Anticipate Pockets of Mockery: Respond with God-Reality 

Critics generally run in packs. Sanballat and Tobiah did. In the presence of their associates, Sanballat ridiculed the Jews. “What are these feeble Jews doing? Will they restore their wall? Will they offer sacrifices? Will they finish in a day?” (Neh. 4:2). Tobiah, who was at his side, said, “What they are building—if even a fox climbed up on it, he would break down their wall of stones!” (Neh. 4:3). They pile one on top of another cruel character assaults, relentless mocking, and malicious slicing and dicing. 

Drop after drop, drip after drip, it takes its toll. Verse ten records what the people felt. Commentators believe it was actually sung as a funeral dirge. We might translate it as: 

      The strength of our burden bearing is drooping.

      The rubbish heap so vast.

      And we ourselves are stooping.

      Unable to fulfill this impossible task. 

If ever a people needed perspective—God-reality—it was them and it was now. Nehemiah looks things over, gathers his people, and says, “Don’t be afraid of them. Remember the Lord, who is great and awesome” (Neh. 4:14). When life stinks, our perspective shrinks. When our perspective shrinks, we need a full dose of eternal perspective, of God perspective. We need to remember Who God is, who we are in Christ, Who it is that is calling us, and what He is calling us to do. 

Anticipate Pockets of Hostility: Respond with Creativity 

When they reached the half-way point, opposition went from bad to worse. “So we rebuilt the wall till all of it reached half its height, for the people worked with all their heart” (Neh. 4:6). When Sanballat and his crew heard about their progress, “they were very angry. They all plotted together to come and fight against Jerusalem and stir up trouble against it” (Neh. 4:7b-8). To make matters worse, their own people told them “ten times over, ‘Wherever you turn, they will attack us’” (Neh. 4:12). 

The half-way point is often the point of greatest opposition and greatest temptation to abandon our post. It’s the point at which others begin to take notice of our progress, but when we begin to focus on the huge task still ahead. Great leaders respond to the potential death and destruction of a dream with life and creativity. You can define the greatness of leaders by what it takes to discourage them and by how they encourage everyone around them.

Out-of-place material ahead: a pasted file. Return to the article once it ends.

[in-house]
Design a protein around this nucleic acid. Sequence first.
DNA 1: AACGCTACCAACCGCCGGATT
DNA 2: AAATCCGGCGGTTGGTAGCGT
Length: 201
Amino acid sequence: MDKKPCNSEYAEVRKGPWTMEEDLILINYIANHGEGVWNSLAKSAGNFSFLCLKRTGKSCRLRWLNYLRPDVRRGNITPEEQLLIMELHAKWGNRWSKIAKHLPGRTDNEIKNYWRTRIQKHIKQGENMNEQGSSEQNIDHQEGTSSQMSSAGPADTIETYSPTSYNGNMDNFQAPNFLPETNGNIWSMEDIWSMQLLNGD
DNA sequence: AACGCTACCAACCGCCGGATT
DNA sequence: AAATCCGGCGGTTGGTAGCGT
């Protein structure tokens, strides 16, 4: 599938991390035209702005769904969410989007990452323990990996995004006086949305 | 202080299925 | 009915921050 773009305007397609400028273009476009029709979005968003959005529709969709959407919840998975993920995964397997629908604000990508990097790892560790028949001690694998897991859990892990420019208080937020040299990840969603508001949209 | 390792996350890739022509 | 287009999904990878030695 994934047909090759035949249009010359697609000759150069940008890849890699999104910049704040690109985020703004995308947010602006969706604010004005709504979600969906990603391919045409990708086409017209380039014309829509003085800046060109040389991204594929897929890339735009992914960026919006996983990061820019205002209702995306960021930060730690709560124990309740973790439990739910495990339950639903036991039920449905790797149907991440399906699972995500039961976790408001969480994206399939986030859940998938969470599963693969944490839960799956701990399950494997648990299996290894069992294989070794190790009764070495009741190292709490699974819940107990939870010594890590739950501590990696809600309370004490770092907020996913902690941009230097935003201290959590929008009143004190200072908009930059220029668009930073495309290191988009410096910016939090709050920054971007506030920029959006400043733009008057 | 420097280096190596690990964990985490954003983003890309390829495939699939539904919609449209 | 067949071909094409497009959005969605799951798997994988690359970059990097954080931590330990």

Creative thinking in a crisis often requires both/and thinking, such as prayer and practicality. “But we prayed to our God and posted a guard day and night to meet this need” (Neh. 4:9). Nehemiah creatively suggests both working and protecting: “From that day on, half of my men did the work, while the other half were equipped with spears, shields, bows and armor” (Neh. 4:16). He creatively emphasizes both individuality and community: “Fight for your brothers, your sons and your daughters, your wives and your homes…. We all returned to the wall, each to his own work…. Wherever you hear the sound of the trumpet, join us there….” (Neh. 4:14, 15, 20).  

Join the Conversation

Of the six areas of conflict, which have you faced in ministry? Of the six biblical responses, which would you like to add to your ministry?

Note: The preceding material is summarized from Chapter Five of Equipping Counselors for Your Church.